CSG Justice Center Co-Presents at “Confronting Family and Community Violence” Conference

By Mai P. Tran

Confronting Family and Community ViolenceThe American Bar Association (ABA) and American Psychological Association (APA) recently co-hosted the ABA-APA National Conference, “Confronting Family and Community Violence,” bringing together experts and professionals in the fields of psychology, law, and public policy, to discuss issues related to the exposure of violence to children, youth, and their families. At the May conference, attendees shared information, research, and strategies to promote how law and psychology can address the effects of violence.

David D’Amora from the Council of State Governments Justice Center (CSG) and Dr. Eric B. Elbogen from the University of North Carolina (UNC) School of Medicine co-presented in the session, Addressing the Role of Factors that May Contribute to Violence: Mental Illness and Substance Abuse. They discussed current research and practices related to the interplay of mental illness, substance use and violence, as well as research that supports effective reentry programs and practices for individuals with behavioral health disorders.

Dr. Eric B. Elbogen, Associate Professor, University of North Carolina  School of Medicine

Dr. Eric B. Elbogen, Associate Professor, University of North Carolina School of Medicine

Dr. Elbogen, a forensic psychologist and UNC associate professor, discussed the relationship between mental illness, substance abuse, and violent offending, and whether the former two are known to cause violence. In his presentation, Dr. Elbogen challenged the common perception that mental illness is a leading cause of violence. “While virtually every study has shown that substance abuse leads to the increased risk of violence,” he said, “the real debate is: Is there a link between mental illness and violence?”

Citing data from the National Epidemiologic Survey on Alcohol and Related Conditions, Dr. Elbogen notes that while there is some evidence that shows a relationship, the answer is not simple: while severe mental illness (SMI) is a predictor of violence, it is the weakest predictor among other risk factors such as age, gender, substance abuse, education level, employment status, and more. “Mental illness may just be a proxy for other risk factors,” Dr. Elbogen said. “It is too bad is that in the media this kind of information does not get portrayed. Instead, between fifty and sixty percent of news articles in American and European countries portray mentally ill individuals as violent.”

In addition, findings from the survey also revealed a high prevalence of substance use and dependence among individuals with SMI. Data also show that individuals in this group have a higher risk for violence than individuals who have substance use disorder/dependence without SMI. “The results point to the need for integrated treatment for mental health and substance use disorders,” Dr. Elbogen said.

David D'Amora, Director, National Initiatives, CSG Justice Center

David D’Amora, Director, National Initiatives, CSG Justice Center

Following Dr. Elbogen’s presentation, David D’Amora, Director of the National Initiatives Division of the CSG Justice Center, presented on principles of the Risk-Need-Responsivity (RNR) model, and how these principles can be applied to create effective reentry programs and practices.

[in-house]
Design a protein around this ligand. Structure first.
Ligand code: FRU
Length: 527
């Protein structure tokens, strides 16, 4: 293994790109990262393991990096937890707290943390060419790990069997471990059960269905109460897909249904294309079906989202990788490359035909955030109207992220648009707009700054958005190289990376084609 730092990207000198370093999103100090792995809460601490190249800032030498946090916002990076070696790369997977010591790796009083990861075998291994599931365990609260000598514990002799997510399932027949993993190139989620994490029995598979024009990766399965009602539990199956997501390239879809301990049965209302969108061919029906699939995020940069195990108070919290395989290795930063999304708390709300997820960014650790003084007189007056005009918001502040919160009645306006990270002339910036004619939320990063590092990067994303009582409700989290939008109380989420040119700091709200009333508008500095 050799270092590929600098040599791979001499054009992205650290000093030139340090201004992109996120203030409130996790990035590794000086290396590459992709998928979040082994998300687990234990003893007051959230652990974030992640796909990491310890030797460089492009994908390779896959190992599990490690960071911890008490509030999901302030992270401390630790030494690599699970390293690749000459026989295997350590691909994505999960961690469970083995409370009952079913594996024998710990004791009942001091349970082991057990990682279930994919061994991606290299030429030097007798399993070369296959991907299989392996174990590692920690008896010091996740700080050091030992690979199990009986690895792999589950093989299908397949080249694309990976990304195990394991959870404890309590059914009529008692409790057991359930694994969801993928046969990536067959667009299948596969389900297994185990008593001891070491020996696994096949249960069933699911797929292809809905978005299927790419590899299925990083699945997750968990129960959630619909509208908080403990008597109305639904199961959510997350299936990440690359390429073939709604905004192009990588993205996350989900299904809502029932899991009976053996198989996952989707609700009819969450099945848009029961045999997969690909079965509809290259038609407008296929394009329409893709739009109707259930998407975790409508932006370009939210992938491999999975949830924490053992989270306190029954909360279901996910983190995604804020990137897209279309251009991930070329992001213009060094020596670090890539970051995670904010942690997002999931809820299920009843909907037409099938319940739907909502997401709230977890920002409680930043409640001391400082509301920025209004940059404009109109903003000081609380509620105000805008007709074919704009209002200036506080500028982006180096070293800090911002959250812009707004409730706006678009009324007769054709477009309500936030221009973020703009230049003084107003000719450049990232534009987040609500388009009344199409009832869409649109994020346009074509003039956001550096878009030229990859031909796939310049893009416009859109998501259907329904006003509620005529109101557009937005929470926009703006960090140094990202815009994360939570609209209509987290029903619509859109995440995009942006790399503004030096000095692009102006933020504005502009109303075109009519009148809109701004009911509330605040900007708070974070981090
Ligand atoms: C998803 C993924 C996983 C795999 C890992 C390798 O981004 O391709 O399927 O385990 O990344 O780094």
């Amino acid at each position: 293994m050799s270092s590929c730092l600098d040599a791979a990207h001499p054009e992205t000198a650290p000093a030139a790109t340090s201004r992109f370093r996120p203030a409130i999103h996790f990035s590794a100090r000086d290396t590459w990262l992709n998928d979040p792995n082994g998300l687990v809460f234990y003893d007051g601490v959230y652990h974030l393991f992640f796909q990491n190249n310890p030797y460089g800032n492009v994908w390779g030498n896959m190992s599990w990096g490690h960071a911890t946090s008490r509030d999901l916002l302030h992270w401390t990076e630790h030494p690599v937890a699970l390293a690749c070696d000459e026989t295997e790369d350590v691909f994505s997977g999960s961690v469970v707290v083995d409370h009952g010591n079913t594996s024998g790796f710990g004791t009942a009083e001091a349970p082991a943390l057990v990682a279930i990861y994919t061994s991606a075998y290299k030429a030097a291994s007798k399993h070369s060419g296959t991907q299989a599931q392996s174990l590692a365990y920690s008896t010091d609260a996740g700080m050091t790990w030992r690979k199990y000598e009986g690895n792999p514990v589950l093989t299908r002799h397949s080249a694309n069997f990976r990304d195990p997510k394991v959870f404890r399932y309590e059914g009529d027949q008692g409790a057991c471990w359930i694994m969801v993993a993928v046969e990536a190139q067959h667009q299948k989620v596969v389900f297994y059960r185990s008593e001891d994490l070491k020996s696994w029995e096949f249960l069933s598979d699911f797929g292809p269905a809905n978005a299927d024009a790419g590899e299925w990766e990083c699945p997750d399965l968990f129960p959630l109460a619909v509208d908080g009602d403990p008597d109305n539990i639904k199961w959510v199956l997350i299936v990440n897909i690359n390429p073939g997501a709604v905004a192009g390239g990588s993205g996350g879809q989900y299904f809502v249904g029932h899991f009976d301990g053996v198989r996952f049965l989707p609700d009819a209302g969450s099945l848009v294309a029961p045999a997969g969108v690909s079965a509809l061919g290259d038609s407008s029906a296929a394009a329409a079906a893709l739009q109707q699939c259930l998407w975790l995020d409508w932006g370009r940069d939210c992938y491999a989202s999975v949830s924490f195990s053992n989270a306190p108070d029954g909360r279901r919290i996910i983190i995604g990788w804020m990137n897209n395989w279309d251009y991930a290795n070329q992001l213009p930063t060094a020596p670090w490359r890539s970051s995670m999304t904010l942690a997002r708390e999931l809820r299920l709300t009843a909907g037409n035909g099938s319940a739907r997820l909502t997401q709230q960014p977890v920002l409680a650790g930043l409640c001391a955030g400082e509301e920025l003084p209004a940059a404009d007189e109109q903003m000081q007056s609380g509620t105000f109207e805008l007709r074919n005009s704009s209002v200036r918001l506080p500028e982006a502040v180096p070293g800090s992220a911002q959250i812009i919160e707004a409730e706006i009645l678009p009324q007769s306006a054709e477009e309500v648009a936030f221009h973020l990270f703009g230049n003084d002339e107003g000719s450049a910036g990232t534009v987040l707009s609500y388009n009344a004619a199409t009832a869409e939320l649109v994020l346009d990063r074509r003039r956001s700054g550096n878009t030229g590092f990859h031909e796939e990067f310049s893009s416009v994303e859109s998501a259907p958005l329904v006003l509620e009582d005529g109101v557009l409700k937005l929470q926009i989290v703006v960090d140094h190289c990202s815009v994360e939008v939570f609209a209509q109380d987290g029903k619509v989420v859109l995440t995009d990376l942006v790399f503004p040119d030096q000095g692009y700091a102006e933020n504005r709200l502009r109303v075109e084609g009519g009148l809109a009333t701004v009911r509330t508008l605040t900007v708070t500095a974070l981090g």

Research shows that delivering services that incorporate RNR principles—which target each individual’s risk for future criminal behavior, criminogenic needs (changeable factors related to recidivism), and responsivity factors (maximizing the individual’s ability to learn new thinking and behaviors)—maximizes the benefits of effective treatment and services. “Individuals with mental disorders are more likely to remain mired in the criminal justice system because we don’t do a good job focusing our resources on high-risk individuals,” said Mr. D’Amora. When all individuals get the same type and level of treatment, he says, these “low-risk folks often get more treatment than they need, while the high-risk folks don’t get what they need.”

In addition, research shows that targeting criminogenic need is critical to successful treatment. Mr. D’Amora listed examples of antisocial behavior, antisocial thinking, association with criminogenic peers, and substance use. “Interventions should also be workable for folks with mental illness,” he said. “Many fail under supervision because they were put into programs that weren’t designed to work for people with mental illness, or they were put into the right programs, but not at the right time. ”

Mr. D’Amora also presented the Criminogenic Risk and Behavioral Health Needs Framework, introduced in the Justice Center’s 2012 report, Adults with Behavioral Health Needs Under Correctional Supervision: A Shared Framework for Reducing Recidivism and Promoting Recovery. The evidence-based framework is a structure for state and local agencies to build collaborative responses that integrate an individual’s risk of criminal activity, substance abuse treatment needs, and and mental health treatment needs, while also prioritizing the use of scarce resources.

Keynote addresses were delivered by Robert L. Listenbee, Administrator of the Department of Justice’s Office of Juvenile Justice and Delinquency Prevention, and Dr. Robert D. Macy, Founder and President of the International Trauma Center.

To view more information about the conference, click here.

To learn more about the principles of RNR, and to view the report, Adults with Behavioral Health Needs Under Correctional Supervision, click here.